One of the highlights of my summer is when one of my American guests told my Italian mother in law, in perfect Italian, that he would like to wash the vaginas.
Ah, the joys of learning a new language; all the things that are lost (and gained!) in translation.
This summer, my parents, along with a couple of their oldest friends, came to visit us at my husband’s family home in Moneglia. It is always a joy for me to have my american family and friends visit, but it can also be hard work to blend my two worlds. I spend dinner time dizzyingly translating anecdotes and niceties back and forth between the two families who couldn’t otherwise communicate. I often find myself weary and linguistically confused by the end of the evening; and will begin accidentally speaking to my mother in Italian, or translating English to English for no one’s benefit.
My parents’ friend Mark, however, has quite a propensity for languages and already speaks good spanish, so he was able to both understand and communicate quite well in Italian. Mark is also an excellent cook and a BBQ pit-master, and offered to cook dinner for the family one night, giving the aunts a much-needed break from the kitchen. He was able to work his way around the kitchen, asking the ladies for what he needed in impeccable Italian, and finding himself right at home… Until it was time to wash the figs.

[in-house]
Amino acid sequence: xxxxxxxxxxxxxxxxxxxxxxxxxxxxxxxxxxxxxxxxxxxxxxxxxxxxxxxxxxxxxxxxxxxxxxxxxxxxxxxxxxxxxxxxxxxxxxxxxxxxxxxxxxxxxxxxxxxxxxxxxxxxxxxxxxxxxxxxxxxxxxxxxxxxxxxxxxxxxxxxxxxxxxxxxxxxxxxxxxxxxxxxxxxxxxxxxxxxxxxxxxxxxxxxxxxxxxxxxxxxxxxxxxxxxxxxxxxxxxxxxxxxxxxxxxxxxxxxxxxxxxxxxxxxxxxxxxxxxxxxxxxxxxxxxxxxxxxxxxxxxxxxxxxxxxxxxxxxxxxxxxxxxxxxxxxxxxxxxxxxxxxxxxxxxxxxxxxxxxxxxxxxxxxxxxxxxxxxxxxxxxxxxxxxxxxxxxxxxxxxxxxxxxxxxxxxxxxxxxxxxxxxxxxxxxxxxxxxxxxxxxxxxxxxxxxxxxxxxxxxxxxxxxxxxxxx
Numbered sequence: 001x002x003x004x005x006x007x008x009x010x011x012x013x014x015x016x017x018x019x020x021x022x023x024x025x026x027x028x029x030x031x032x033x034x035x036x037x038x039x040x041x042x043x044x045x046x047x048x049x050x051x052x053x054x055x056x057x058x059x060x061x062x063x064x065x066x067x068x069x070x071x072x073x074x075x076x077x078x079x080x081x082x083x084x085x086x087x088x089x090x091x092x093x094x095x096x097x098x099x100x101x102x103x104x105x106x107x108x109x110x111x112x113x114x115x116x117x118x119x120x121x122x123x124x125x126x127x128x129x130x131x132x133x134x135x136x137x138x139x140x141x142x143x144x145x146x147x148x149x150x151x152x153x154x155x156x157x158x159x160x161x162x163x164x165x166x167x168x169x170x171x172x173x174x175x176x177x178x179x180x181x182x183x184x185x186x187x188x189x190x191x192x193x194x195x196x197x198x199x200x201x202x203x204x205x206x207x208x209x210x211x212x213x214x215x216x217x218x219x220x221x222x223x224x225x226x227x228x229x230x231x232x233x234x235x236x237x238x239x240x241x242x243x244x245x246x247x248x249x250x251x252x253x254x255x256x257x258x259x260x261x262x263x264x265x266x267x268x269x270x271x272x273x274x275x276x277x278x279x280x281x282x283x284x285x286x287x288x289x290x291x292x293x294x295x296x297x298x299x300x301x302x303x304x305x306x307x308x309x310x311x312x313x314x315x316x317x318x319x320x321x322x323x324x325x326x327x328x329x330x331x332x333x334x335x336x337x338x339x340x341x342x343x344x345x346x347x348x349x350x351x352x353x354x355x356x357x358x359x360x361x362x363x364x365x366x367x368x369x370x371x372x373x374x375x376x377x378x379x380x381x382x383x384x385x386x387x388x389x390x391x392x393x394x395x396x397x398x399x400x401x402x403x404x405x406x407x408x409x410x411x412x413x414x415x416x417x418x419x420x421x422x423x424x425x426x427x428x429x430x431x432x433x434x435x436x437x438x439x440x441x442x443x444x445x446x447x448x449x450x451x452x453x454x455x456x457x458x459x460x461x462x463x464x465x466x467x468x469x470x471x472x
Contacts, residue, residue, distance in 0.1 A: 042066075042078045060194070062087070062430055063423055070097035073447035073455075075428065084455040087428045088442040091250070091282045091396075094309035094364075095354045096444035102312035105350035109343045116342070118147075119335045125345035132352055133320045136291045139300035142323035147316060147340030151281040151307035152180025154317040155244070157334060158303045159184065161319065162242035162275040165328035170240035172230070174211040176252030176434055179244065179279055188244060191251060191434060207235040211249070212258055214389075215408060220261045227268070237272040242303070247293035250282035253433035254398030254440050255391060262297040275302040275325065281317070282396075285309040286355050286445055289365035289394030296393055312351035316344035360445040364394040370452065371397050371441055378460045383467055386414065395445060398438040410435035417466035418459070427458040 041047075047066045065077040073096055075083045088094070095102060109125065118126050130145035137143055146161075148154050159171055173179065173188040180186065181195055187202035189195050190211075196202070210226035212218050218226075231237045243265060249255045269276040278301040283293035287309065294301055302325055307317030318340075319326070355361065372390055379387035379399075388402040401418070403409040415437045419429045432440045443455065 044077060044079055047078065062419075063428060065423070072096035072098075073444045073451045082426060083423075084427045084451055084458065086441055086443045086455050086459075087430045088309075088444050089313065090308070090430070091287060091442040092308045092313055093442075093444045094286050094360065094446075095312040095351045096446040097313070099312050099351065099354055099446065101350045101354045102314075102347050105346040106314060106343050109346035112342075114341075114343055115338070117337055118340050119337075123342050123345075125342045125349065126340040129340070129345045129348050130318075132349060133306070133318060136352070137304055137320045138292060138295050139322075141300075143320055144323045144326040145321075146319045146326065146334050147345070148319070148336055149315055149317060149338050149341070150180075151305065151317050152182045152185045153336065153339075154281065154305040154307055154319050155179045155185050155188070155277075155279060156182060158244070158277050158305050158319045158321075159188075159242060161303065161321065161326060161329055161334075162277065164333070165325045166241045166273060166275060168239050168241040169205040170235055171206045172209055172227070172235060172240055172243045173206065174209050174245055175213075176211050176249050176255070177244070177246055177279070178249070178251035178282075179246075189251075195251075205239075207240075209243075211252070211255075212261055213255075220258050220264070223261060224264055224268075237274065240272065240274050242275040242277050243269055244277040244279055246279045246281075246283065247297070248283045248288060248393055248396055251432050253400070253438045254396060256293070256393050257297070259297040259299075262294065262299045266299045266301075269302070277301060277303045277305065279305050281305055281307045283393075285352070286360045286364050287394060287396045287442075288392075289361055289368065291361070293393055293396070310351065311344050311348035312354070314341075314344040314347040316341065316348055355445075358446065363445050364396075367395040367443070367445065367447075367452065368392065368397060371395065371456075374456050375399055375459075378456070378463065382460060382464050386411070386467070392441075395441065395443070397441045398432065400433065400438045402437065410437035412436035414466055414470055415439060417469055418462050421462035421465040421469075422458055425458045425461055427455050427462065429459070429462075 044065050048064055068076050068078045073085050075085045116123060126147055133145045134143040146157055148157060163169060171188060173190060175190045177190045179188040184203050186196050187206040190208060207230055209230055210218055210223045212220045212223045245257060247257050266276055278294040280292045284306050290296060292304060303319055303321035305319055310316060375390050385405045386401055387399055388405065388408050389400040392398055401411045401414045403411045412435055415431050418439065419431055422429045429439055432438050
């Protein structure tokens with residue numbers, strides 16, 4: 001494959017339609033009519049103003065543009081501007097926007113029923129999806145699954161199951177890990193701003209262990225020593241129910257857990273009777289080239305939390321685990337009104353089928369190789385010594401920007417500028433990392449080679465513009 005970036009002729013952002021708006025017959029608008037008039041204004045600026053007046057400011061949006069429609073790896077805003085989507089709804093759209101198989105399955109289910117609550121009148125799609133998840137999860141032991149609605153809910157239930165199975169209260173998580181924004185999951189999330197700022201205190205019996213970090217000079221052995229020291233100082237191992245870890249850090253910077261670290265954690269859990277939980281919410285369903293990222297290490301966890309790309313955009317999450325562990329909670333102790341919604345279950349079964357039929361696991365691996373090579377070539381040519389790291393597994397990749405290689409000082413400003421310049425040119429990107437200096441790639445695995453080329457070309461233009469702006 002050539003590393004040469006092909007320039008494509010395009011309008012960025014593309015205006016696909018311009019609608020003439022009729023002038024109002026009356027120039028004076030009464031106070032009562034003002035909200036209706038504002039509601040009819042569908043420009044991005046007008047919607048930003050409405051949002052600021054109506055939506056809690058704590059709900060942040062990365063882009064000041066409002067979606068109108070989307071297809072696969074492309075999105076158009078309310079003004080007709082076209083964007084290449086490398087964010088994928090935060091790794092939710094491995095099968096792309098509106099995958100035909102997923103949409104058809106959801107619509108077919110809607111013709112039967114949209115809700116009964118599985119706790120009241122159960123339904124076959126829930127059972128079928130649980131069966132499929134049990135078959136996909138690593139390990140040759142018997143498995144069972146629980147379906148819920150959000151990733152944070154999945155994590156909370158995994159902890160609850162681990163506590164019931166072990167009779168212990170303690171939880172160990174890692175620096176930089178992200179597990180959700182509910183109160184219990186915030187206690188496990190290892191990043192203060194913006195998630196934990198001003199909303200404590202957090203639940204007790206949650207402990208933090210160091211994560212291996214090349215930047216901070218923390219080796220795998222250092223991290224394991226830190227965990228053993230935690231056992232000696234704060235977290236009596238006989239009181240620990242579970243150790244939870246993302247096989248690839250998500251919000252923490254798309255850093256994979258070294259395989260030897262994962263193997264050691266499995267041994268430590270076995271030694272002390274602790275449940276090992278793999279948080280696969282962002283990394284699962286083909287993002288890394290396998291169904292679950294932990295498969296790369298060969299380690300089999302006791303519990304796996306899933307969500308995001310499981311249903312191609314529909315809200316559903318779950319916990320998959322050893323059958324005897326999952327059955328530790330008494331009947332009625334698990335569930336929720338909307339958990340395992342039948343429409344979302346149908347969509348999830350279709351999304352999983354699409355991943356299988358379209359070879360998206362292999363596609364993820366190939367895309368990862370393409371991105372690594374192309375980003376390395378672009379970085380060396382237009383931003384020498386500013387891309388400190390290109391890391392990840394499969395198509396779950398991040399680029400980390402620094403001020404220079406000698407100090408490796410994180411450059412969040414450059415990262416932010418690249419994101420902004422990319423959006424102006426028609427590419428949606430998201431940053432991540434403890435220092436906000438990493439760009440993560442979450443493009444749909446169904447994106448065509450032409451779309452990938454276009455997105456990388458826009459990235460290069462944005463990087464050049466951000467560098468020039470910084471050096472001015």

Remembering the which nouns are masculine and feminine in Italian is a problem for americans, and I still blunder regularly after 10 years in Italy. Some nouns are a more sensitive to these types of errors than others, however. One tiny letter can instantly transform the word “fig” from a late-summer fruit into a rather vulgar term for the female genitalia.
Fortunately these mistakes are more hilarious than offensive, and make for great ice-breakers. My mother-in-law diplomatically ignored Mark’s unusual request and the dinner proceeded beautifully. The main dish, a perfectly-grilled pork tenderloin dressed with caramelized, grilled figs, was an instant success. Silence fell upon the table as the flavors melted in our mouths and we allowed the dish to speak for itself in a deliciously universal language.
Pork Tenderloin with Grilled Figs
- 1 whole pork tenderloin
- salt and pepper
- olive oil
- fresh figs, washed, dried, and cut in half
Bring the meat to room temperature, brush with olive oil and massage with salt and pepper while you prepare the grill. Grill the meat, turning every 3-5 minutes, until it reaches an internal temperature of 140°F (60°C), about 15-20 minutes. Remove from the grill, wrap in aluminum foil and allow to rest for 10 minutes. Meanwhile, grill the figs: Brush the cut-side with the olive oil, then place them face down on the grill. Grill for 6-7 minutes, until they are slightly browned and soft to the touch.
When the meat has rested, remove the aluminum foil and cut into 1-inch slices. Transfer to a serving platter and dress with grilled figs. Serve immediately.